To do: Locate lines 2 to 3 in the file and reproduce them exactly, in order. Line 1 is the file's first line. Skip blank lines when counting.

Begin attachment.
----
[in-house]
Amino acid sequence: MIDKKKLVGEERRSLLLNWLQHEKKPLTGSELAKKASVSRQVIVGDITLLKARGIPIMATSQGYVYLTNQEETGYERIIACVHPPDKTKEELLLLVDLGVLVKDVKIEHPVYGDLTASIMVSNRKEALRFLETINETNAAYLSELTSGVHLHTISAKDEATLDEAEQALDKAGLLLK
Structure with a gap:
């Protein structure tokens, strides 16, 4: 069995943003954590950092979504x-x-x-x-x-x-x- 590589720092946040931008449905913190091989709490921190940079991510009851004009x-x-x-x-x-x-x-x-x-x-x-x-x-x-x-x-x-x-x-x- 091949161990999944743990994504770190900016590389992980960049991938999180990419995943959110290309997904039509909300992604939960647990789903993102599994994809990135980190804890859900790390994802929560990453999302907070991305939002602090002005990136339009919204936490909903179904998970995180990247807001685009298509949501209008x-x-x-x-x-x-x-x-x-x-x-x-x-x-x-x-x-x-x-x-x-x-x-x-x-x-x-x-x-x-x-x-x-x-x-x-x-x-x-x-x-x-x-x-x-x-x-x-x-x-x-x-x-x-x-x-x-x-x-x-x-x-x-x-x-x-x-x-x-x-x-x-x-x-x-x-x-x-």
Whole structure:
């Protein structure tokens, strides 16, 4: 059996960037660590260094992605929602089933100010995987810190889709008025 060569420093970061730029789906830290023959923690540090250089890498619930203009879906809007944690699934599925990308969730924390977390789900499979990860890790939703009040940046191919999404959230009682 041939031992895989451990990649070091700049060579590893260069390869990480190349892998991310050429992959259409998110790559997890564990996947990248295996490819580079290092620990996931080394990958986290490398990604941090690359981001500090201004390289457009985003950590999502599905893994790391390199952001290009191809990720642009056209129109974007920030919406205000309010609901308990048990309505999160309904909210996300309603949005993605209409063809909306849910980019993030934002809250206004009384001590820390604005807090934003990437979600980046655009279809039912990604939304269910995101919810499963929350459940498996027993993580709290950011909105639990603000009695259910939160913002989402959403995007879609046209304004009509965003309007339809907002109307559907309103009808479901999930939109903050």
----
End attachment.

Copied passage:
Amino acid sequence: MIDKKKLVGEERRSLLLNWLQHEKKPLTGSELAKKASVSRQVIVGDITLLKARGIPIMATSQGYVYLTNQEETGYERIIACVHPPDKTKEELLLLVDLGVLVKDVKIEHPVYGDLTASIMVSNRKEALRFLETINETNAAYLSELTSGVHLHTISAKDEATLDEAEQALDKAGLLLK
Structure with a gap: